Sometimes after the lectures in public forums the leaders try to arouse a discussion by the audience. If the members of the group know each other, there may be some questions and some slight debate. However, if the group is heterogeneous, the discussion does not usually advance very far. It is

( 543) likely to be a mere questioning of the speaker, who then continues and expands his lecture, or it becomes a series of short lectures by those who have something they wish to say before an audience. In the discussion an auditor will occasionally wax eloquent and emotional, and actually change a part of the audience into a crowd. In America it is extremely difficult to change a passive, receptive audience into an active discussion group at the close of a lecture. In England the practice of heckling a speaker is common. Although this is not discussion, it evidences a more active intellectual or emotional participation by at least some of the auditors. The common passivity of American audiences is partially a matter of habit.

In the class lecture the same thing is more or less true. The lecture method is thus often deprecated as an educational device, because if the students are psychologically passive, their learning may not be very permanent or profound in effect. Other factors enter into the situation, of course. If the students have a genuine curiosity for the content of the lectures, and if they themselves read, they may gain a great deal from informational lectures. Some academic subjects lend themselves very effectively to this method of instruction. Perhaps a combination of lecture with discussion and laboratory or field work is psychologically the best method of teaching. In such a combination the student benefits both from his passive reception of information and from his active discussion and application in the laboratory.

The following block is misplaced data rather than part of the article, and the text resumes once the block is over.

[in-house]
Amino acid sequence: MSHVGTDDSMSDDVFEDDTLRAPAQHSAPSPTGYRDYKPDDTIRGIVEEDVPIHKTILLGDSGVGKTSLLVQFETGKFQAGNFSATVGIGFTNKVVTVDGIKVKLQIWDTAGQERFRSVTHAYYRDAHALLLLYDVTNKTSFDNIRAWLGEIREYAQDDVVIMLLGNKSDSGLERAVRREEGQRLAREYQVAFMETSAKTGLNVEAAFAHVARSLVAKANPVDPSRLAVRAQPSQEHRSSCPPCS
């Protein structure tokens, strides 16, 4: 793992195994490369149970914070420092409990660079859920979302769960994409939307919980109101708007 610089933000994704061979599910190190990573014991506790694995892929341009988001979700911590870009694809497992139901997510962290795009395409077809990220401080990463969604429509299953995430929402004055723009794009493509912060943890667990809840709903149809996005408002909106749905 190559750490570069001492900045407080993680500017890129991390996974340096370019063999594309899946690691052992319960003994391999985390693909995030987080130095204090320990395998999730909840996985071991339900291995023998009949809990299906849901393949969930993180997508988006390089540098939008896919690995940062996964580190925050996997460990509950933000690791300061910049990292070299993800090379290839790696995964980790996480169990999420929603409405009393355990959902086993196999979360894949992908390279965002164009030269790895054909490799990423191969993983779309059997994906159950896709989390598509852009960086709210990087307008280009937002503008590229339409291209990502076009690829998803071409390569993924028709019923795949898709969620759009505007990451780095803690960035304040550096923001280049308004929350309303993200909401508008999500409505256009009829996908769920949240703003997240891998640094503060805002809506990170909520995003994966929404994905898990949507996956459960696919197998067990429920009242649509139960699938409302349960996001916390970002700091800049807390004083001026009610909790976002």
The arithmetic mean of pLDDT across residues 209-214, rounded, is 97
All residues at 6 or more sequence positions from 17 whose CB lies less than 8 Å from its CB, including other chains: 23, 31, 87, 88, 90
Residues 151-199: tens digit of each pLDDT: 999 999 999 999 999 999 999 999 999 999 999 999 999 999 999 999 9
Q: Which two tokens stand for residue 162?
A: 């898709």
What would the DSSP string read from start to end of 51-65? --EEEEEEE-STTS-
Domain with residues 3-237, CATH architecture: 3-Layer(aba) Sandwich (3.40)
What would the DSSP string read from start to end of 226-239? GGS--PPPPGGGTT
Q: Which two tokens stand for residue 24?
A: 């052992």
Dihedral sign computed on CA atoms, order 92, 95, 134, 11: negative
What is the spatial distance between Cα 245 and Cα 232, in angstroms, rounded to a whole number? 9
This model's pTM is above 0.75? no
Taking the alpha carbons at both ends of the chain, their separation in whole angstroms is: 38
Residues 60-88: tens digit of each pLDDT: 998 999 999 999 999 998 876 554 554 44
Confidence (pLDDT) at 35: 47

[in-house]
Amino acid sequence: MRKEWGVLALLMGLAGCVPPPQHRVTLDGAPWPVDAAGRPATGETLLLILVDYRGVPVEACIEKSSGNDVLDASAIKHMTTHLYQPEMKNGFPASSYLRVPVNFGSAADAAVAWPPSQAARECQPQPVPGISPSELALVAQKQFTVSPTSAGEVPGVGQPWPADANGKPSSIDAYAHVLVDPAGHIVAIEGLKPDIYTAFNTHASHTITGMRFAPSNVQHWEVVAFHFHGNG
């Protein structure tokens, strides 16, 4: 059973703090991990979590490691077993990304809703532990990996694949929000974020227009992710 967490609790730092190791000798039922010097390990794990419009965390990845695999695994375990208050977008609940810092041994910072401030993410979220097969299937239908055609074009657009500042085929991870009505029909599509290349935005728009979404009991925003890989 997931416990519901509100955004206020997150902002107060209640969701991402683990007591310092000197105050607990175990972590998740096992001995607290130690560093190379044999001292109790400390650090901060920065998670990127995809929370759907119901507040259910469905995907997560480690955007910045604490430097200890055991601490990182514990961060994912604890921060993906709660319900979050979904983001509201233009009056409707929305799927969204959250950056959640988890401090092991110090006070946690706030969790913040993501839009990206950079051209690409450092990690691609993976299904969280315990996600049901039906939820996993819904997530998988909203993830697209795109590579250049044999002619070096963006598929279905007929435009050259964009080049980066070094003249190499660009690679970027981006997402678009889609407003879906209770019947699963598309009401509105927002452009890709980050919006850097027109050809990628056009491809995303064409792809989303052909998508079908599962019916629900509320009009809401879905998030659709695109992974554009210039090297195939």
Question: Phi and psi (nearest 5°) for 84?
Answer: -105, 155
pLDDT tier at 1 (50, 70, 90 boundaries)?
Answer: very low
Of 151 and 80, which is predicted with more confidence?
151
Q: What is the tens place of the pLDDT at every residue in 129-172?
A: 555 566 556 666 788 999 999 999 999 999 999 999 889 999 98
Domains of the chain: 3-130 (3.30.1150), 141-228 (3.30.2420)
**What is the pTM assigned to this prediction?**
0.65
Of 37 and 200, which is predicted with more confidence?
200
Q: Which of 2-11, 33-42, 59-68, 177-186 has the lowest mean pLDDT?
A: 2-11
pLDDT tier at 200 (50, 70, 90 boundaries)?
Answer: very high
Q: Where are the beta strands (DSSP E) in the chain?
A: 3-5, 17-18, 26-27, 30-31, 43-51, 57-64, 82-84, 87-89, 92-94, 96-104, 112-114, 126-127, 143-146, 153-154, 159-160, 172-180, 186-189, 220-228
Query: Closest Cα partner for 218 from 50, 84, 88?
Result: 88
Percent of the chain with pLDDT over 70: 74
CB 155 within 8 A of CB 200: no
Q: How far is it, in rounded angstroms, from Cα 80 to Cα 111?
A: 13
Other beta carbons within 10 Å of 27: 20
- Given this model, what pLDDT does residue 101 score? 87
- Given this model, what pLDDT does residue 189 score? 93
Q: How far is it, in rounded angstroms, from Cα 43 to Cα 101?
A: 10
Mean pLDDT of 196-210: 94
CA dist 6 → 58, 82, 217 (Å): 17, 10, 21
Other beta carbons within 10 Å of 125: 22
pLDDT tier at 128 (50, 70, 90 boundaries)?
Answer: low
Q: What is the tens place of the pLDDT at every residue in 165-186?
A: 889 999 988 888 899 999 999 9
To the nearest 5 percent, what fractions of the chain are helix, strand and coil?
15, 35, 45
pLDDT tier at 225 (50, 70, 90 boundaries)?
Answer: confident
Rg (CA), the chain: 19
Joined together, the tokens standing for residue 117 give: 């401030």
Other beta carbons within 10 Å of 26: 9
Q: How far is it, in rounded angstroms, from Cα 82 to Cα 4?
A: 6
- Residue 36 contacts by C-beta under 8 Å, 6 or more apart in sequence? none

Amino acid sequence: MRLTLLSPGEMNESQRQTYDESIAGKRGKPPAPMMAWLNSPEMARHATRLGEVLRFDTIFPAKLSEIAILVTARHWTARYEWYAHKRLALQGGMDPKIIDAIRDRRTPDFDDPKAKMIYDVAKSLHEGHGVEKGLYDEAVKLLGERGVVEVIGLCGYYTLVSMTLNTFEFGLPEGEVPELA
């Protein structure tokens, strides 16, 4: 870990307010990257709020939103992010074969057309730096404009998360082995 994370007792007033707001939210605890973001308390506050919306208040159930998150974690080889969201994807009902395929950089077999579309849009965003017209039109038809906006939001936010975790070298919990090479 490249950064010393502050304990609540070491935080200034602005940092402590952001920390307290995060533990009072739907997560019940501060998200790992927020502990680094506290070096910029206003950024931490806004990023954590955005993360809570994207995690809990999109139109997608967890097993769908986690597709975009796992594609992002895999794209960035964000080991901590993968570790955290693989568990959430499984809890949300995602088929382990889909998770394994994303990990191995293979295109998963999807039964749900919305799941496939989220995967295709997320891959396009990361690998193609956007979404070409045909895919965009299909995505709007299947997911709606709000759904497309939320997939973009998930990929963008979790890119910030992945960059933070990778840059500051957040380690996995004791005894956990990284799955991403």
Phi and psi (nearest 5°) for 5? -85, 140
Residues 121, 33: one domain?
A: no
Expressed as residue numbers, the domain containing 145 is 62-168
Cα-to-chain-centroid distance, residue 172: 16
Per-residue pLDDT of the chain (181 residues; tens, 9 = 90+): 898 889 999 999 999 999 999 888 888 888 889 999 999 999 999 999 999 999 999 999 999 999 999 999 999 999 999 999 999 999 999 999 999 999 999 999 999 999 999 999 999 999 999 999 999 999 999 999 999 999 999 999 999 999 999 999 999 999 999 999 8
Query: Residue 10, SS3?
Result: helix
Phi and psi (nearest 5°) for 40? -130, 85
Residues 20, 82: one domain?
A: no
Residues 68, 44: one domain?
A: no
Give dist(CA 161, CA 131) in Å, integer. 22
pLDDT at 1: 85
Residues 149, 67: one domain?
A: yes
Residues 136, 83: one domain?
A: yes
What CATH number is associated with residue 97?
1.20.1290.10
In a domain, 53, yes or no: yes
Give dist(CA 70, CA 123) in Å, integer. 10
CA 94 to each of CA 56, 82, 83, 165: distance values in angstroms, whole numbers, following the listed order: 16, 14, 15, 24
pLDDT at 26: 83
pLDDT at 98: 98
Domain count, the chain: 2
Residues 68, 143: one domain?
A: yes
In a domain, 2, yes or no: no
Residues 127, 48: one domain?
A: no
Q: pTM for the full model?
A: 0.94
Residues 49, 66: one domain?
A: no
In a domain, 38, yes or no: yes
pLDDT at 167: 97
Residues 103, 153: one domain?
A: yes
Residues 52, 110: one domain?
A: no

Generally, then, the informational audience is passive as in comparison with the crowd or the audience seeking diversion. The polarization of group attitudes is less completely of a one-to-one sort. The all-to-one relation persists, and the auditors are more aware of each other. Interest is probably less vital and more easily distracted by stimuli from without.

2. The Recreational Audience.— The recreational audience is also controlled by a certain formal arrangement of time and place. Advertising often sets up anticipatory responses. The seats are usually arranged as they are in the informational lecture room. Unlike the classroom or public auditorium, the building has decorations which, like those of the church, direct the preliminary tuning of the audience.